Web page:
Gadar starts with a shot of an empty and broad road. It is 1947, and a bond has been signed that divides India into India and Pakistan. The road seems to symbolize an uncertain, but not necessarily limited future. Perhaps the countries and their people have similar paths ahead, and share the same road all together.
The rest of the first two reels of the film are very intense and full of brutal violence. There is a scene in Pakistan of Muslims attacking Hindis on a train with machetes. It evokes the same feelings as a film like Schindler's List or Hotel Rawanda. Its realism makes you quiver, even if you didn't know these events actually happened. When the train, full of bloody dead bodies, pulls into the station in India, it is a very sad and intense moment. This is very effective filmmaking.
Next, we meet Sakina's family, wealthy Muslims trying to escape from a revengeful Hindi mob. While Sakina is being separated from her family, the shrieking and crying, coupled with the loud and intense music, is hard to watch. The angst and pain that was surely felt during these historic events is captured very well within these first scenes of Gadar. The first fifteen minutes are relentlessly suspenseful. After the film's title finally runs, Sakina, with her face covered in blood, pulls herself out from under the lifeless bodies at the train station. This is the first bit of relief from the devastation that has made up the film so far. From here forward, though, the film takes a decidedly different turn.
“Directed by Anil Sharma” dramatically flashes across the screen, and the film takes viewers back to a much simpler time. At first, it is a bit unclear that the film has even made this transition into the past, but before too long, you pick up on it. Tara, a Hindi, and Sakina meet at the university and this glimpse of the past takes on a light-heartedness quite different from the film's beginning. This part of the film is often visually arresting and gorgeous, such as the scene with everyone singing and spinning around on the small ferris wheel. The colorful garments and nature make for some beautiful imagery in these happy times, before the Partition of India.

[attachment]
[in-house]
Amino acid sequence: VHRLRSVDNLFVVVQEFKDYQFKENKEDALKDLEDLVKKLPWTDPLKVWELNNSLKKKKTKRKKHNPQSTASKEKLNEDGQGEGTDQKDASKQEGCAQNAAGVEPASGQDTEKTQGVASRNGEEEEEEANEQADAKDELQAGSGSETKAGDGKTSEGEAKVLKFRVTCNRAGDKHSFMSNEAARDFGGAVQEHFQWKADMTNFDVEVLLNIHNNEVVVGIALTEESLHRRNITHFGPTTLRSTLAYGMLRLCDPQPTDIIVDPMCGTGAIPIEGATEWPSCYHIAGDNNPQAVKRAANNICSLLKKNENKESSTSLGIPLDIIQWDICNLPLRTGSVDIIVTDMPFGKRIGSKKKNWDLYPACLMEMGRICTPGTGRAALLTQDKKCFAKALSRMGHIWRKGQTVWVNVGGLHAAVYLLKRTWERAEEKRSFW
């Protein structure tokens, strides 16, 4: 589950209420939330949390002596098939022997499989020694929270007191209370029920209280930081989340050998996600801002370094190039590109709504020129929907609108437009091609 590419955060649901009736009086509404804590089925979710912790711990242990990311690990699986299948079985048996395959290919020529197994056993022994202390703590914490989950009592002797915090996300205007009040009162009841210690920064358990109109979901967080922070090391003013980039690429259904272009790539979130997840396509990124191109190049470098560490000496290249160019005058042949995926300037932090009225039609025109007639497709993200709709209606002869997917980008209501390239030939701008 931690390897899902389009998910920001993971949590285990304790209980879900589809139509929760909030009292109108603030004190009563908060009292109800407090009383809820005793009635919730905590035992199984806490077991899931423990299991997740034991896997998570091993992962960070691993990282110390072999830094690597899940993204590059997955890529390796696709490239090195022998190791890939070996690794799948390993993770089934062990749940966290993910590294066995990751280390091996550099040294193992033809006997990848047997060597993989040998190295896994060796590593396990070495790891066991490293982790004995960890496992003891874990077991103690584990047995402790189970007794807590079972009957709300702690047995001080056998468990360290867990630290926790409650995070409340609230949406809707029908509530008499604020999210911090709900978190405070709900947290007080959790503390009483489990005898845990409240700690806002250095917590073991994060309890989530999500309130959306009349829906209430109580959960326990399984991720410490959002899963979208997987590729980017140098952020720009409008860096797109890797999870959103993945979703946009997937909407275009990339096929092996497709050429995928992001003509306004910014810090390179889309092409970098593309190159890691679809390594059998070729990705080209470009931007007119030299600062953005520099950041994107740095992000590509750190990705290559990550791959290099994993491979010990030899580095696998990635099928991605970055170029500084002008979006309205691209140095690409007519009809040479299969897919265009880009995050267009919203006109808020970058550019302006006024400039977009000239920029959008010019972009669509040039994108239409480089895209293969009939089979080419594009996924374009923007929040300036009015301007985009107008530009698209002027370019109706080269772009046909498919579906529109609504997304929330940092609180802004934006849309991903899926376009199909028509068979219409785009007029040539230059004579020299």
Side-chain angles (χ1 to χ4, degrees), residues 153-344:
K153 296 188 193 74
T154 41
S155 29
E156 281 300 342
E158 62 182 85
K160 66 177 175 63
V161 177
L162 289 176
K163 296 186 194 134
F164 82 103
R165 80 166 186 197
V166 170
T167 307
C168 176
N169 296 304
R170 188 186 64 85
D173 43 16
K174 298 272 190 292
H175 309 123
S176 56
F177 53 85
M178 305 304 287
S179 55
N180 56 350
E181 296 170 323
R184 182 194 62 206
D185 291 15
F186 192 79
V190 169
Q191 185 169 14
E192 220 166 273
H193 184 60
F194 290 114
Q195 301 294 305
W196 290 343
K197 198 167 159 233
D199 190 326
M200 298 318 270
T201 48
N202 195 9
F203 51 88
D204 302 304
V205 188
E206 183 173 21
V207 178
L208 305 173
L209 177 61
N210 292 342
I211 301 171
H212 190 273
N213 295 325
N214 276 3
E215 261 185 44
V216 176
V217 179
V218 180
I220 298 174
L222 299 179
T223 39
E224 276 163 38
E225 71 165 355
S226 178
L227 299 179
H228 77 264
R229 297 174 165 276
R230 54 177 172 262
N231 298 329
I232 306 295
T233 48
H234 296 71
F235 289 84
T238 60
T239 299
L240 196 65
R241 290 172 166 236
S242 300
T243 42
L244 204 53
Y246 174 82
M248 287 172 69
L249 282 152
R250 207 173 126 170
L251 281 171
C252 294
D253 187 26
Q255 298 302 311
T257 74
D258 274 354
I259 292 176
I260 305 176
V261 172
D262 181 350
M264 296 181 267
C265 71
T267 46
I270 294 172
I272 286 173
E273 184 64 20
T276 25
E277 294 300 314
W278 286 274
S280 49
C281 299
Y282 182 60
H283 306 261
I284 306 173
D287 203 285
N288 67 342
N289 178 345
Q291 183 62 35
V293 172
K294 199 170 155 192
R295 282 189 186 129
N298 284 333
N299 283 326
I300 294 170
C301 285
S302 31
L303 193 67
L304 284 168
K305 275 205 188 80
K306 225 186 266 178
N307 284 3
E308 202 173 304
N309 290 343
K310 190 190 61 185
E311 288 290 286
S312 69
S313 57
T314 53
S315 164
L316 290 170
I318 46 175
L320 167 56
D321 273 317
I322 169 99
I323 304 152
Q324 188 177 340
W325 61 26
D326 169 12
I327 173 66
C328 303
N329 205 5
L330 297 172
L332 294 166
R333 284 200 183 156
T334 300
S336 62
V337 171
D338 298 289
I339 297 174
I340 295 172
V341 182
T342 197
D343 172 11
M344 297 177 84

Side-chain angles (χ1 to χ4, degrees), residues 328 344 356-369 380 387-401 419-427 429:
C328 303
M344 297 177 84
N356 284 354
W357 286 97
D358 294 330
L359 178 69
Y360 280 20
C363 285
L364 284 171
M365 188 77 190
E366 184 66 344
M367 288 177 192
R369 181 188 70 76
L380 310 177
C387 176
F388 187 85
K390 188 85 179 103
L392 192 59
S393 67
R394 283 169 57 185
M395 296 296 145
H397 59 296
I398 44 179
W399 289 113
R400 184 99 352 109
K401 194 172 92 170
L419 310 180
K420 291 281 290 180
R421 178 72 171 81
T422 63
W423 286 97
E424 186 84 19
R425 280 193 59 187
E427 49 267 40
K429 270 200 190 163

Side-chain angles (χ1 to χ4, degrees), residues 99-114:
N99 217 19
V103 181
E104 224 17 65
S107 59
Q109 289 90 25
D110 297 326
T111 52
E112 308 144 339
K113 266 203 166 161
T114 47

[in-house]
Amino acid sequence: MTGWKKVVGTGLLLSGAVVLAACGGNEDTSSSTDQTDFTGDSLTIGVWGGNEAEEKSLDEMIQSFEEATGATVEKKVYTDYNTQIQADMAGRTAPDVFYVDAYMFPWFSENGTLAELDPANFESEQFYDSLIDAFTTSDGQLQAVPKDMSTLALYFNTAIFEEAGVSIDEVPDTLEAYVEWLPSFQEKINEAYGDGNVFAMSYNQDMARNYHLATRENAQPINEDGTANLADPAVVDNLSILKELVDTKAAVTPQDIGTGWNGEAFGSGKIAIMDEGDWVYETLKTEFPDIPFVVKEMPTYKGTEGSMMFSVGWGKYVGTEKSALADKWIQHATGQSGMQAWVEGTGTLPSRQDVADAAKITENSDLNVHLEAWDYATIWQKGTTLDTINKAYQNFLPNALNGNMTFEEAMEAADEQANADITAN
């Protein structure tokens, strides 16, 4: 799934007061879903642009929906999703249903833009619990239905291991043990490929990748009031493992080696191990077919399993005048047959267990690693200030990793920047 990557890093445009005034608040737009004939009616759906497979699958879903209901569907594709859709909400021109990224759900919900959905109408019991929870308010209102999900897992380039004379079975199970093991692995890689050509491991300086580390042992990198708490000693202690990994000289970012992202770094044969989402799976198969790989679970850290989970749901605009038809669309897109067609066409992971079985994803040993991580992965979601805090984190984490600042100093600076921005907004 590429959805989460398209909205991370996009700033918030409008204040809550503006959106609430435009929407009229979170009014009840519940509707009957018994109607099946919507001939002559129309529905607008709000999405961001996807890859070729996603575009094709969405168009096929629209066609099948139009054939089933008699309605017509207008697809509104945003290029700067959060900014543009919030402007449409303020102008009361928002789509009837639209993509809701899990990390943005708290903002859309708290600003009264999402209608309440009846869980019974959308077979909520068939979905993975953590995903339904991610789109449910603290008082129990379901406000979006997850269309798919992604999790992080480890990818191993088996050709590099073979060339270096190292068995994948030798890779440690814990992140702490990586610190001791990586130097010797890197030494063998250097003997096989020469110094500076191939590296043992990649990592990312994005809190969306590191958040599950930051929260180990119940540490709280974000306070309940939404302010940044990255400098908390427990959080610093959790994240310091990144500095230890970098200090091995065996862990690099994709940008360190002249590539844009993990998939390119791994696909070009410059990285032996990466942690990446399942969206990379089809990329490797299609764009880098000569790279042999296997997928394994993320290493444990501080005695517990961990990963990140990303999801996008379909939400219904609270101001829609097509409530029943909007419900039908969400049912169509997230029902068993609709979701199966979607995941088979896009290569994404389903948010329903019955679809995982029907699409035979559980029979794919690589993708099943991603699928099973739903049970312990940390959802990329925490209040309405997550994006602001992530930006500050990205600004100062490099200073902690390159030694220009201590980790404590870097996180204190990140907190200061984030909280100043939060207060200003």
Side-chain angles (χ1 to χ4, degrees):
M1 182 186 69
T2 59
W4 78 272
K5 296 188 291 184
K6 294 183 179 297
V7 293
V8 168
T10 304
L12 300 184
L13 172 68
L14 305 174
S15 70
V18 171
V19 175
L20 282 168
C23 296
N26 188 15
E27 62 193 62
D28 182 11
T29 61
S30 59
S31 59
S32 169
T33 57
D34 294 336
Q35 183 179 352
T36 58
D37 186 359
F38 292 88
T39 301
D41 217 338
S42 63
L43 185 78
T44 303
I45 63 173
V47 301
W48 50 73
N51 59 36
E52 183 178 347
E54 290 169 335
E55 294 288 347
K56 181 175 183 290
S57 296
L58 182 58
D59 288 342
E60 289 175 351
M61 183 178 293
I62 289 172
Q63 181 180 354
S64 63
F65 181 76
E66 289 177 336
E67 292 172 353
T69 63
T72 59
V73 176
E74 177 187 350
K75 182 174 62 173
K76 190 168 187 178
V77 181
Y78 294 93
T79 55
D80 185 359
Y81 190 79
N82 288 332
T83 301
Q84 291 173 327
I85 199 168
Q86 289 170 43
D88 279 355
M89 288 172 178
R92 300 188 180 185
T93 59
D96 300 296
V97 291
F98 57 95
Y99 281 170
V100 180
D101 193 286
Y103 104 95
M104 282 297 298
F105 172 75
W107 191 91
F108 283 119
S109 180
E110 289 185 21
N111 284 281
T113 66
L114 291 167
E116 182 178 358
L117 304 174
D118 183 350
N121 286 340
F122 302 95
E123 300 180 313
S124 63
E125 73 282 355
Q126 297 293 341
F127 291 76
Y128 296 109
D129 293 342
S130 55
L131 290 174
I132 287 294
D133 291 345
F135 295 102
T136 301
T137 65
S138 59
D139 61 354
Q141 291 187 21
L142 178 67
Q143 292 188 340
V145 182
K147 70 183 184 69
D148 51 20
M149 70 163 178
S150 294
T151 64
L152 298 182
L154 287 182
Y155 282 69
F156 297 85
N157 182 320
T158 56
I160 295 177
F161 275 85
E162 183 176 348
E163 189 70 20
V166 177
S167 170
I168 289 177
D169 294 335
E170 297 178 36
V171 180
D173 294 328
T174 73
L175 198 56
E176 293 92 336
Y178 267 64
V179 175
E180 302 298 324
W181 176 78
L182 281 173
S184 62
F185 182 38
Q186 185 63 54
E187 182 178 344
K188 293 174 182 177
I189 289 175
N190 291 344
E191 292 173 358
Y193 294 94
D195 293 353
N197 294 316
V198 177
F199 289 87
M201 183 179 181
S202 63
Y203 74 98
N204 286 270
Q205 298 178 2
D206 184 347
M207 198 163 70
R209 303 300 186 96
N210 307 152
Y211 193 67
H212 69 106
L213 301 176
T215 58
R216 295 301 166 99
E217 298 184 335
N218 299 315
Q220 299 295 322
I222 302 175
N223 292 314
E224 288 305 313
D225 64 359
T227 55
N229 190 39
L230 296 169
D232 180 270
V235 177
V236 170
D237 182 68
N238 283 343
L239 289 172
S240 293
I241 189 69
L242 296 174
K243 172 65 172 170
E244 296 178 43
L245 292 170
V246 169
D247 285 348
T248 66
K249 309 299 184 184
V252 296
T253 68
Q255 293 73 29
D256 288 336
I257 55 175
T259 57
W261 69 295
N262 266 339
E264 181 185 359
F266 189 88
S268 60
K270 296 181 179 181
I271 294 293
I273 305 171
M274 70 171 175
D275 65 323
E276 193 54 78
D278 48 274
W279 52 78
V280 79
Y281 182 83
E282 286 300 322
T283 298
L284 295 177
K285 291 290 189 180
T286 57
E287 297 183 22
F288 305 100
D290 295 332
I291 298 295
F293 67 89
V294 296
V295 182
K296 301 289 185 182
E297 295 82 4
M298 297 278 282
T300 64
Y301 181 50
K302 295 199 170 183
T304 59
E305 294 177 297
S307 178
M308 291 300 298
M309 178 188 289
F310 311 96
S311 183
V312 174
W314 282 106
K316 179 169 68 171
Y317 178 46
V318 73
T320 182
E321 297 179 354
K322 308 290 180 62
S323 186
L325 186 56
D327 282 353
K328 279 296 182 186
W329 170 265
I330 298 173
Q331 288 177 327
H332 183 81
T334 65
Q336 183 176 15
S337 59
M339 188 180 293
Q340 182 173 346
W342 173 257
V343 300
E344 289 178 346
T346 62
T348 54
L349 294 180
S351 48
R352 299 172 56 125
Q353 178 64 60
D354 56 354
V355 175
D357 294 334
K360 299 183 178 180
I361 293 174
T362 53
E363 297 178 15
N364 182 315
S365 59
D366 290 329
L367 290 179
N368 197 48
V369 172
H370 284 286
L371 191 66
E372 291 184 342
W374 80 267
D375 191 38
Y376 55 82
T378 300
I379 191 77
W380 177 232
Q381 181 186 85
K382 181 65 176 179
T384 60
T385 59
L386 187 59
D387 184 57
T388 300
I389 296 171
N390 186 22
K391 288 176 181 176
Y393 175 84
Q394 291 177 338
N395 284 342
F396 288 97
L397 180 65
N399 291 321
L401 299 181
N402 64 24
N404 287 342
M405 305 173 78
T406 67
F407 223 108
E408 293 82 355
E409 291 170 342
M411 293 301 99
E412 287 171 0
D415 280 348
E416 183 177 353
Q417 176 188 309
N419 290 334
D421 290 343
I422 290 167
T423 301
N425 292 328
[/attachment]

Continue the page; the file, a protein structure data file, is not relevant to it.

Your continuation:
The viewer is then brought back to 1947, still a time of turmoil. There are more very effective and sad scenes, such as when Tara is catching up with Sakina, and tells her “that jovial Tara who had everything” has been left with nothing. He has seen his parents murdered and cremated in front of him, and has lost his sisters. These conversations are very powerful, with intense close-up shots that really make you feel for the characters. Another scene that makes a viewer sympathize with these characters' intense pain is when Sakina finds her father's bloody watch amongst the belongings of the deceased at the train station. The film flashes back to Sakina and her family playing the piano and singing, and the shot zooms into her face. As her, her mother, father, and siblings sing the phrase “what will be will be” and her father plays with the watch, the scene is juxtaposed with her at the train station. The editing and acting really do a great job of instilling a sense of loss and devastation in the viewer. The next scene, in which Sakina tries to run and jump in front of the train, is also extremely well-edited and intense. These moments of powerful emotion that the film is able to provoke are its strong points.
Tara, a and Sakina then begin to fall in love again. In what seems like a flash, they get married and have a son. Sakina comes to find out that her family is still alive, and upon returning to visit them, they do not want her to be with her Hindi family and they attempt to keep her with them. The rest of the film finds Tara and Sakina desperately trying to reunite, by any means necessary.